In Chumash we are nearing the end of Vayigash. He is comfortable, flying right through. We normally do five pesukim a day, but today it was genealogy, so he chose to do more. He also noticed that both Reuven and Peretz have a son named Hetzron. "Must have been a popular name!" I never noticed it. I look over Rashi before we start and decide which ones to do. Lately, it has been working out to one-three Rashis per day, although I never refuse a chance to do more, if he asks me a question that Rashi answers.
10 yo finished Level II of Rosetta Stone. We also read our way through a Hebrew paperback, a few paragraphs per day. He did not mind pulling out a dictionary to look up words that he did not know. I supplied him with some words that I did know, but left some important ones foe him to look up. My Hebrew was nowhere near the level where I could read the whole book and understand every single word. I hope to read more of those books this year.
As far as Lashon haTorah, he is in the middle of workbook hey, on tzivui. It is easy, and I am almost stretching it out for him.
In math, we are slugging through Math Mammoth, which obfuscates with its Common Core garbage. An example is the drawn-put and confusing explanation of how to multiply decimals. I think they are pushing for understanding that numbers can be rounded off to whole numbers, and that answer still needs to make sense, but I am getting impatient having to explain yet another nifty (and useless) approach to something that can be shown much more easily either with fractions, or with whole numbers. Just teach the kids to stick in decimal point later!
8 yo finished 1st grade spelling program from k12reader.com. I used it to build up confidence, and he really learned how not to get totally frustrated when he does not know how to spell a word. Now, whenever he writes something, he tries to spell, or asks me to help him instead of refusing like he used to. He also seems to see the patterns to spelling rules. Now he tries to write the word out, and read it, and see if his spelling makes sense. While it seems silly to rejoice that he can spell on the 1st grade level, I feel that we have a major accomplishment here.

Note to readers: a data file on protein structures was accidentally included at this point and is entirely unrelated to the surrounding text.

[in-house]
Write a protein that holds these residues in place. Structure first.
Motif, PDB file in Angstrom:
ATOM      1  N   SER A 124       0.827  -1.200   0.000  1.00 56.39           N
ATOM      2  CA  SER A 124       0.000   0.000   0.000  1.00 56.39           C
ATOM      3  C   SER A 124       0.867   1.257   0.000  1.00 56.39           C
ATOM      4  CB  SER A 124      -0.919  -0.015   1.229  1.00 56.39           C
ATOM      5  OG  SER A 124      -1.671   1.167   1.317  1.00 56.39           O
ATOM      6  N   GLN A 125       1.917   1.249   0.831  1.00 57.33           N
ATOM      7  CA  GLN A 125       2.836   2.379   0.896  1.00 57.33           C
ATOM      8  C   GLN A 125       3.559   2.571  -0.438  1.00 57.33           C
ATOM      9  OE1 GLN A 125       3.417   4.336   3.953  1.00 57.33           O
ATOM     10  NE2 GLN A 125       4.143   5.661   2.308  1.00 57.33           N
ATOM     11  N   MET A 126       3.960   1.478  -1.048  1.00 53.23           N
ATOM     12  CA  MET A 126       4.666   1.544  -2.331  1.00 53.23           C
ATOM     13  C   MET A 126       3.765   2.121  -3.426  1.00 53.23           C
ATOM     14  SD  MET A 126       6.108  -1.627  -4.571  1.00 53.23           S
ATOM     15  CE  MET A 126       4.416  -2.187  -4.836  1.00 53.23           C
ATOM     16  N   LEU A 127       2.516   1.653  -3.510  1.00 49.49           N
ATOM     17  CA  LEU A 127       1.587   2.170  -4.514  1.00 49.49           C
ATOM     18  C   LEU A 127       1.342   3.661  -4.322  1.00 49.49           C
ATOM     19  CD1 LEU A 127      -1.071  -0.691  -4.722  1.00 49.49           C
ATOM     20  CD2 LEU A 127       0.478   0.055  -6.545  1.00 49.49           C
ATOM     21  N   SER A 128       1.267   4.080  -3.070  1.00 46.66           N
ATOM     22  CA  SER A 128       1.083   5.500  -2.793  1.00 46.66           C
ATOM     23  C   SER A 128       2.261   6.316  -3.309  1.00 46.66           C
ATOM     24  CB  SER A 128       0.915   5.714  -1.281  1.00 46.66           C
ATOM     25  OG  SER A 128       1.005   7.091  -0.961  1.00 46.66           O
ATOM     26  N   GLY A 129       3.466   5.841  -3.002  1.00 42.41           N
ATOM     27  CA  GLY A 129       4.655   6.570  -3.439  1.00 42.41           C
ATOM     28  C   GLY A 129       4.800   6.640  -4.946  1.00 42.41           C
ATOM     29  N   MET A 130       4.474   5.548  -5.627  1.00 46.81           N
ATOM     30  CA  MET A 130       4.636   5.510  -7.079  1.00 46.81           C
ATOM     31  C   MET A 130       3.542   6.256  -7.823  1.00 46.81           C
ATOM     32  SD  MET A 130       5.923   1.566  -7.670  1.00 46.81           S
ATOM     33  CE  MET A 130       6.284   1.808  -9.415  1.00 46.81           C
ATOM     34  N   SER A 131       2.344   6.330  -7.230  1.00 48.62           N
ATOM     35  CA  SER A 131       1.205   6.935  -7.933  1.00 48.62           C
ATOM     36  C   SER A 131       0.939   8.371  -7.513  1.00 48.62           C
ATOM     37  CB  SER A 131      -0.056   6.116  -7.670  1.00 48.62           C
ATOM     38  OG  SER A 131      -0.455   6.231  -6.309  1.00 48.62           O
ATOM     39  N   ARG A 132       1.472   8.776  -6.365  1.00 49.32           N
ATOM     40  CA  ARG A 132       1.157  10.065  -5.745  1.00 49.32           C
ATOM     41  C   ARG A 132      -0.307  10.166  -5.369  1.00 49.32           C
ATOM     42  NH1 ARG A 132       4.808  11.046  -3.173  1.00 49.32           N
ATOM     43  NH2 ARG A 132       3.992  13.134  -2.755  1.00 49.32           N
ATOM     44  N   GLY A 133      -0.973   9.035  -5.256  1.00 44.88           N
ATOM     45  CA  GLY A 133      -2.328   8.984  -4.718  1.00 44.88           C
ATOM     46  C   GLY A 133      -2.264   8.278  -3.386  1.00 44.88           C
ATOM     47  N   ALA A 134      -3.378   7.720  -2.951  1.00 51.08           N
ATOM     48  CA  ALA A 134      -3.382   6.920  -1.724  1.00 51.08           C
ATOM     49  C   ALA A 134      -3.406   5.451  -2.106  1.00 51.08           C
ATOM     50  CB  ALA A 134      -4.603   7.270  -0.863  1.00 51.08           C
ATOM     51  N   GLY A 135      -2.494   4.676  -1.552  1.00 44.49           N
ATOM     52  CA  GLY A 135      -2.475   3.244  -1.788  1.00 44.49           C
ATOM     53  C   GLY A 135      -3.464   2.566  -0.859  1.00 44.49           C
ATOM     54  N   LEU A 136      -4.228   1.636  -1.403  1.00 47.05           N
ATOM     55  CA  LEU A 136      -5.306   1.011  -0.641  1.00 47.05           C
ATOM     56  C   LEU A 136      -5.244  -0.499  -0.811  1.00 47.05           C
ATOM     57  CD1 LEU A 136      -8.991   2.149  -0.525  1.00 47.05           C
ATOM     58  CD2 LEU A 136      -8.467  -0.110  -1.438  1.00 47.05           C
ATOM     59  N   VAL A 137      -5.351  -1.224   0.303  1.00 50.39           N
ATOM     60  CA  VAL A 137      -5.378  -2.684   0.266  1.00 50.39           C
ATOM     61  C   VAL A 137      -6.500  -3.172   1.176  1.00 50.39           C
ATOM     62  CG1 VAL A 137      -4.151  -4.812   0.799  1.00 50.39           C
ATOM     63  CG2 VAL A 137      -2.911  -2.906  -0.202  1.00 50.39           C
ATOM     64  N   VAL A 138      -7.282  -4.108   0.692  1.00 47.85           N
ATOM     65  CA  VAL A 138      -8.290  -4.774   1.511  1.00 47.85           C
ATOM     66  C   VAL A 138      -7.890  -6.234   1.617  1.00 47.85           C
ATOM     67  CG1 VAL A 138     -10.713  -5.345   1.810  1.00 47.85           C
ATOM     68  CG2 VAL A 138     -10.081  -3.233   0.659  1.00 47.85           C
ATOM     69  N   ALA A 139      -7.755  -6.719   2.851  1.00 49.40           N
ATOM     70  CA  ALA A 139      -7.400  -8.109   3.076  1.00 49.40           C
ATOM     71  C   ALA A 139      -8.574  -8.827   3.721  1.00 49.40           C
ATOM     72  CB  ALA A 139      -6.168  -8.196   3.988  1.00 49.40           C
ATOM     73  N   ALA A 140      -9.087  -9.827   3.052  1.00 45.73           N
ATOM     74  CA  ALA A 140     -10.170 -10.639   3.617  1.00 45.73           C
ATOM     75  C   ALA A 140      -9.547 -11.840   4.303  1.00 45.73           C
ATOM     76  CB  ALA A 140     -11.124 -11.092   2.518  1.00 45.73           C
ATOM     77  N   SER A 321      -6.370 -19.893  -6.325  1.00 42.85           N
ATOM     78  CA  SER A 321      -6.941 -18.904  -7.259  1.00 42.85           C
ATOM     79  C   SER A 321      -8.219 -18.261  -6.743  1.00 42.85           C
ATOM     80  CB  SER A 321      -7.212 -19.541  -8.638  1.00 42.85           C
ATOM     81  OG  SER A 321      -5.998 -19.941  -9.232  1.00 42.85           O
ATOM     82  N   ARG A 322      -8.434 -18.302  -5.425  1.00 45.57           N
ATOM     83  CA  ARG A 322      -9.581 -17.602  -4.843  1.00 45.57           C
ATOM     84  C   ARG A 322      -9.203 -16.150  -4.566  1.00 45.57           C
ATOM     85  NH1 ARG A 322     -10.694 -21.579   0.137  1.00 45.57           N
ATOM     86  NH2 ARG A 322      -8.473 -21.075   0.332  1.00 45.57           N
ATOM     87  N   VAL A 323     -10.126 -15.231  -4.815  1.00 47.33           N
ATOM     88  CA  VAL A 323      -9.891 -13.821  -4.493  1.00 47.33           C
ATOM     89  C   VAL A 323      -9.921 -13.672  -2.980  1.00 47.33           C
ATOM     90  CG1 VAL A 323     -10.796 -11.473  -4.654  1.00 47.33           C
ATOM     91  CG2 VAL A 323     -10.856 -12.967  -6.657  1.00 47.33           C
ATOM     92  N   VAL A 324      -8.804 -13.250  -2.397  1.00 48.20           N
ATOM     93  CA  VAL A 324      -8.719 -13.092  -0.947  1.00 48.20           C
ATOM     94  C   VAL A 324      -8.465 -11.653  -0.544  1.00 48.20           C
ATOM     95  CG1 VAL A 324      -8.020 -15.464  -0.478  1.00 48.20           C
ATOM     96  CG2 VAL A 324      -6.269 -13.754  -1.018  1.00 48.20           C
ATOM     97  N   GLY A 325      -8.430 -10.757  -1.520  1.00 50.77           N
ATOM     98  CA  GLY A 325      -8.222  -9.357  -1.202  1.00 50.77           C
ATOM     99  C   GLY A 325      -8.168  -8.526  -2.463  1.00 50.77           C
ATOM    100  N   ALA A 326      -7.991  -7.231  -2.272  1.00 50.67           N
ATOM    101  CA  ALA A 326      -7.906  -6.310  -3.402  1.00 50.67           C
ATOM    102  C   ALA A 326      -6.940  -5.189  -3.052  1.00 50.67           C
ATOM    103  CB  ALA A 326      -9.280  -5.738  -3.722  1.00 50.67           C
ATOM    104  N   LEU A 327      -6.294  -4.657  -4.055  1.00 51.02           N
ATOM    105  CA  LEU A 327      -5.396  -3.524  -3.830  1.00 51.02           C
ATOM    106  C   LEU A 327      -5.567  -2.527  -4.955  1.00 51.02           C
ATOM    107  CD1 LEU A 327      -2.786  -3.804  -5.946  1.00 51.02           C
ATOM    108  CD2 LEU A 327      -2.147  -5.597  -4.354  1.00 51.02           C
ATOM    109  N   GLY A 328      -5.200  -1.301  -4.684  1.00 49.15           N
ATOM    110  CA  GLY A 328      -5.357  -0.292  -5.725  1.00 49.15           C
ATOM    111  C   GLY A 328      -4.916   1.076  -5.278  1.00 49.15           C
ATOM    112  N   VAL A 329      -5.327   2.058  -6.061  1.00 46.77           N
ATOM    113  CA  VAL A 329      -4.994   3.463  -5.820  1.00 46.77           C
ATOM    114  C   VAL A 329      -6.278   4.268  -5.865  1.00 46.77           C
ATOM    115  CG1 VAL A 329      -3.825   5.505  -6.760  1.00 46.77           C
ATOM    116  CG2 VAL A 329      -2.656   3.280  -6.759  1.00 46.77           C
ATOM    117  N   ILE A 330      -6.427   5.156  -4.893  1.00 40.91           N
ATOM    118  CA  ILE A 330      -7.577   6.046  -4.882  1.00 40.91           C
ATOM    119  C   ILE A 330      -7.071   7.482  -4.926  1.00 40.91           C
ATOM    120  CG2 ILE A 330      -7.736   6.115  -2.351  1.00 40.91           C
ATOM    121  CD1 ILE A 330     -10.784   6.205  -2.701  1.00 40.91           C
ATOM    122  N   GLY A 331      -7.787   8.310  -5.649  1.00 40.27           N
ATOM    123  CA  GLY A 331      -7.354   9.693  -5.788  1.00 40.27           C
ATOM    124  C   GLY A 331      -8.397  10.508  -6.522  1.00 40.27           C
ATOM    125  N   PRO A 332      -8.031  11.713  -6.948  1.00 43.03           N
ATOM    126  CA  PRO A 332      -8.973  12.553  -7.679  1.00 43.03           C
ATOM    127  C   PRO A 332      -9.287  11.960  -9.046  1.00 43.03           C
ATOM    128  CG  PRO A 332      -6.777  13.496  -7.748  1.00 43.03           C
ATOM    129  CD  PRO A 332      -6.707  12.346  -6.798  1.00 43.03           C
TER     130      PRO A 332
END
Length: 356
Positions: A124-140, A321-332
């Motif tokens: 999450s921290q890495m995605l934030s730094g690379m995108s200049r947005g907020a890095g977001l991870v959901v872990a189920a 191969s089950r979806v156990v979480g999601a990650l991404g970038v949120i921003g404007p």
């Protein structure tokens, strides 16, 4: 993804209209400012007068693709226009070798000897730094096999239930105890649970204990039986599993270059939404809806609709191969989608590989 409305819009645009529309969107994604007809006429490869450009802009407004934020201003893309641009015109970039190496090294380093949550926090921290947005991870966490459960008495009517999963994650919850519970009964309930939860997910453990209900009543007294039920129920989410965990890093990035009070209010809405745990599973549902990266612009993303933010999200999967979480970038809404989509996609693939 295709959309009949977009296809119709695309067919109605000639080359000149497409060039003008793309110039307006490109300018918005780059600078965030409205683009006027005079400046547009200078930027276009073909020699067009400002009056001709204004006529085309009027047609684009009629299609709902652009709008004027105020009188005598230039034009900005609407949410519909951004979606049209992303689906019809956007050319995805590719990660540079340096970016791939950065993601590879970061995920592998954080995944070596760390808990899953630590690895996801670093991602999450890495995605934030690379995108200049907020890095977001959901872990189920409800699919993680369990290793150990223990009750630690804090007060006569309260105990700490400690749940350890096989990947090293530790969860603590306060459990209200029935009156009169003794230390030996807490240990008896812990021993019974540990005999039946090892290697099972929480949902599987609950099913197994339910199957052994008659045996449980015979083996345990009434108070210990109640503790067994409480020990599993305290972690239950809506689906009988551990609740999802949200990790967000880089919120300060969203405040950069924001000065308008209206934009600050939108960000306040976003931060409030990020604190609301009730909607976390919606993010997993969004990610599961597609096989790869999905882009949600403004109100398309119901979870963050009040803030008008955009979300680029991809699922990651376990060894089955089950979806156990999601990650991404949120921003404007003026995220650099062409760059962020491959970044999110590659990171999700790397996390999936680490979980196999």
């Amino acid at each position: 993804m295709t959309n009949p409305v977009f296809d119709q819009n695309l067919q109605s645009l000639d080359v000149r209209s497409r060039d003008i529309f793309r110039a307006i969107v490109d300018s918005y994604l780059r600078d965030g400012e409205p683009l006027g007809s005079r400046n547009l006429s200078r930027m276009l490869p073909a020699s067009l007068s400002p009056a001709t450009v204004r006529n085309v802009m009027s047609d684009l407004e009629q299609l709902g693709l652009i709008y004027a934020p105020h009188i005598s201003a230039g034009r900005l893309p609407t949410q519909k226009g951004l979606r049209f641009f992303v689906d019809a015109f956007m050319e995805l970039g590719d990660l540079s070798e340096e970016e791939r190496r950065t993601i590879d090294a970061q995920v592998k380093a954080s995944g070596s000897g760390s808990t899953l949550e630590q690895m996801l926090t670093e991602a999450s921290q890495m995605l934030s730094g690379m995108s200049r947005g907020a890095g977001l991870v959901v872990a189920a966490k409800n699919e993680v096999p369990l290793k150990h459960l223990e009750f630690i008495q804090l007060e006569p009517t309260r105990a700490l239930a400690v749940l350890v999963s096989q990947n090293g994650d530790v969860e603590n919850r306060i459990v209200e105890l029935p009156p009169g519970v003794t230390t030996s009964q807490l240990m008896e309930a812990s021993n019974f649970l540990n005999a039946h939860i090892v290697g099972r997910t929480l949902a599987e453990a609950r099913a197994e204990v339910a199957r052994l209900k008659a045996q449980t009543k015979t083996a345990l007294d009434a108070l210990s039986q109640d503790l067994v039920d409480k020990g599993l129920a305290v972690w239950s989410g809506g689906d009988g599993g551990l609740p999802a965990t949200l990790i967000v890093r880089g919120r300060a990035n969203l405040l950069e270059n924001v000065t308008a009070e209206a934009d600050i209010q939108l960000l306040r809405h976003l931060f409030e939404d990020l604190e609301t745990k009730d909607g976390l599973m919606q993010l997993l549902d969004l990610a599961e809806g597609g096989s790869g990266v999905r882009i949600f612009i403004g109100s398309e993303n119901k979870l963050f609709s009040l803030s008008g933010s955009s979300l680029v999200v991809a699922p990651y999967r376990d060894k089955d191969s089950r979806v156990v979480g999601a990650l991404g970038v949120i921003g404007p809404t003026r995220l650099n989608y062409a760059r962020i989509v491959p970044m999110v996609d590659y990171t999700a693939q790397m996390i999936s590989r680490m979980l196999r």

He is in the middle of Keyboarding Without Tears. He likes those trophies, and always chooses to do typing first. I wonder whether this constant input of words has helped with his spelling and his writing abilities.
We are doing First Language Lessons slowly. He tends to do them on a more sophisticated level than the book expects, which is fine with me. He finds them easy, and annoying sometimes.
In math, he is on par with Math Mammoth. He is reviewing telling time from analog clocks, and it seems to click much better now than it did before.
The boys keep on reading, a lot. 10 yo took put first volume of Harry Potter out of the library, and read it in two days. Now he felt ready for it. It was always available, and he was aware of its existence, but a part of him was not ready to read it until now. After our vacation, he commented how not reading anything besides Calvin and Hobbes for a few days made him moody.
4 yo does her own thing: lots of coloring, lots of imaginative play, lots of snuggles and reading on the couch. I keep beating myself up for not doing more "academic" things with her, but she seems to be thriving. One thing, though: she keeps on playing "school". She is always going to school, coming back from school, and, in some way or other, involved in school. I have a lot of my own reservations about putting her in school next year, but, due to this persistent theme, I am thinking about it.
1 yo is a walking, talking, eating machine. He still spends a lot of energy on unclear communication, but he is doing all normal toddler things: tearing up the house, making messes, coloring where he shouldn't. He now has his favorite books, and will sit through a whole book.
As an overview, I see how we are slowly getting there.